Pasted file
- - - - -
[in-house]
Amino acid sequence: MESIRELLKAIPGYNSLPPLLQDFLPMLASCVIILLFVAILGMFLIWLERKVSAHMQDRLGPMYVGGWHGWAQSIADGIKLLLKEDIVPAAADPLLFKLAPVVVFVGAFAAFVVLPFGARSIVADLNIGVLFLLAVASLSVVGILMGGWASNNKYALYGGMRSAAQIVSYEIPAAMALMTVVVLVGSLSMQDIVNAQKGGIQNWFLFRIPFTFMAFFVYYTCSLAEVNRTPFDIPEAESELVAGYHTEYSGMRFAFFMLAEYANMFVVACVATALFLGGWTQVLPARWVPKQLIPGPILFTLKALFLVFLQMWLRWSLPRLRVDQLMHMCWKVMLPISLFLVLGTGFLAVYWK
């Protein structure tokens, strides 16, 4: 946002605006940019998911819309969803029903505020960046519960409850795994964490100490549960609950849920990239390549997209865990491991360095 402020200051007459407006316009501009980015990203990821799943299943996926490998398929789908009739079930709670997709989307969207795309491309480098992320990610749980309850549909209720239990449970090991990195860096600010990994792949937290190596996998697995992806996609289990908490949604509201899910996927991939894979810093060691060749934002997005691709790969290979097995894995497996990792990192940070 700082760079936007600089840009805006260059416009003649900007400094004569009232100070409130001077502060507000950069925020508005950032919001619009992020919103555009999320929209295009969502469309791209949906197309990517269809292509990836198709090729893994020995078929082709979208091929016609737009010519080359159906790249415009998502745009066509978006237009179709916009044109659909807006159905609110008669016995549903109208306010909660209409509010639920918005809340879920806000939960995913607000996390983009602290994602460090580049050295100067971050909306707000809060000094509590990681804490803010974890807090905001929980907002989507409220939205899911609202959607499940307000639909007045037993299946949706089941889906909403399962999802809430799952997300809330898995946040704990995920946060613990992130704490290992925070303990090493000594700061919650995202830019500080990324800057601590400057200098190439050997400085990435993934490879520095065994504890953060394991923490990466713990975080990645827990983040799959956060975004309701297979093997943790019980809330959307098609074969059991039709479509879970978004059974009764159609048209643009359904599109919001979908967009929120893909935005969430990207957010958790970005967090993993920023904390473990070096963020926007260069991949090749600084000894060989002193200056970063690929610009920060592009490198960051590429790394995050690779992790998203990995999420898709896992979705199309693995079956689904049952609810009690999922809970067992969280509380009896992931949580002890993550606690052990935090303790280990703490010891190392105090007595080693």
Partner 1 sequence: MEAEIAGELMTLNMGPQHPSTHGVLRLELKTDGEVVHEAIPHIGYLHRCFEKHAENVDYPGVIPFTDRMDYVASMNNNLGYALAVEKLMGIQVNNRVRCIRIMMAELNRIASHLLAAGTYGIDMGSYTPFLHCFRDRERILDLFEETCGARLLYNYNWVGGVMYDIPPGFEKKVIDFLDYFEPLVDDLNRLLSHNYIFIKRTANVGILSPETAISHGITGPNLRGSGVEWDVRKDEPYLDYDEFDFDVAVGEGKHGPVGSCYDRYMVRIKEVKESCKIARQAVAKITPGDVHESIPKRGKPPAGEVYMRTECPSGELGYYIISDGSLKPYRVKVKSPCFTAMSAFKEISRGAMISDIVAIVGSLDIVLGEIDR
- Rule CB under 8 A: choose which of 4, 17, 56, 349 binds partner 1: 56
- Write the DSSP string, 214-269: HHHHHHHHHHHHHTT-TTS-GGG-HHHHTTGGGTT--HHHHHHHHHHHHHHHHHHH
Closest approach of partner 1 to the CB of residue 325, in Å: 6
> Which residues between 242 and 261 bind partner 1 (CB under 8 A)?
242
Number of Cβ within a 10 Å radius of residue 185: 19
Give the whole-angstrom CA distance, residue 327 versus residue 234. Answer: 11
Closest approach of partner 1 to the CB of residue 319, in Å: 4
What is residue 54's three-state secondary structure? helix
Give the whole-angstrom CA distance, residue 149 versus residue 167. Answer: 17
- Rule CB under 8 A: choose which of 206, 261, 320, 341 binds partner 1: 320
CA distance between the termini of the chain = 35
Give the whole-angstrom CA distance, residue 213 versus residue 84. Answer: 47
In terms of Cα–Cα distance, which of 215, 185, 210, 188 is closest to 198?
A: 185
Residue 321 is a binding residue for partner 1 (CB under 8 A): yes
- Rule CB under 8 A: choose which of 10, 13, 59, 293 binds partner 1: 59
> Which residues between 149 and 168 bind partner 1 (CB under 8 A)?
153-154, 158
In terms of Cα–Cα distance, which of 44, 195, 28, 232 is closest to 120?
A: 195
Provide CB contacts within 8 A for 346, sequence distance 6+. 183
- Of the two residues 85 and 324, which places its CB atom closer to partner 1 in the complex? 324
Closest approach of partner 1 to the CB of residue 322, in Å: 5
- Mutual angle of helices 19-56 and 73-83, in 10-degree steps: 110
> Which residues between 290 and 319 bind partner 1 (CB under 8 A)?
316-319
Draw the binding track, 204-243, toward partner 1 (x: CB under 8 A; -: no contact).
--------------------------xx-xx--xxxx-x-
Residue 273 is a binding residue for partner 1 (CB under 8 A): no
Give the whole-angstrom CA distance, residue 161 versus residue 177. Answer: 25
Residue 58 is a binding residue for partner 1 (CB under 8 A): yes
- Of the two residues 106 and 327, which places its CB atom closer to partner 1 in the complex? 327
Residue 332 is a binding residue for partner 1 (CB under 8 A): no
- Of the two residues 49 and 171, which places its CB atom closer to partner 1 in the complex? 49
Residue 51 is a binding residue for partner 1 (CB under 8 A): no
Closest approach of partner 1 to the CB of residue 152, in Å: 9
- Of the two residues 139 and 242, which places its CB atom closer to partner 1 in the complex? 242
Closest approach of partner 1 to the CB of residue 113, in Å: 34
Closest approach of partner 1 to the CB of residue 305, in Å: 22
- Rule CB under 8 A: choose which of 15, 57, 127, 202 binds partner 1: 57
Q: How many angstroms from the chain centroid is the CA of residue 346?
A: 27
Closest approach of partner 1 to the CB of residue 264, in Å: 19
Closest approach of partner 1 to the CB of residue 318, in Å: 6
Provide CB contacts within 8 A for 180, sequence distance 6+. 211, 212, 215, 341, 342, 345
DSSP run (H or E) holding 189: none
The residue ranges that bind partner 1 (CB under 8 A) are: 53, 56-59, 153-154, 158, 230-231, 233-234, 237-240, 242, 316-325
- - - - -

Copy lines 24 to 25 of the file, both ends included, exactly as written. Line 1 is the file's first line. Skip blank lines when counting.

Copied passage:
In terms of Cα–Cα distance, which of 44, 195, 28, 232 is closest to 120?
A: 195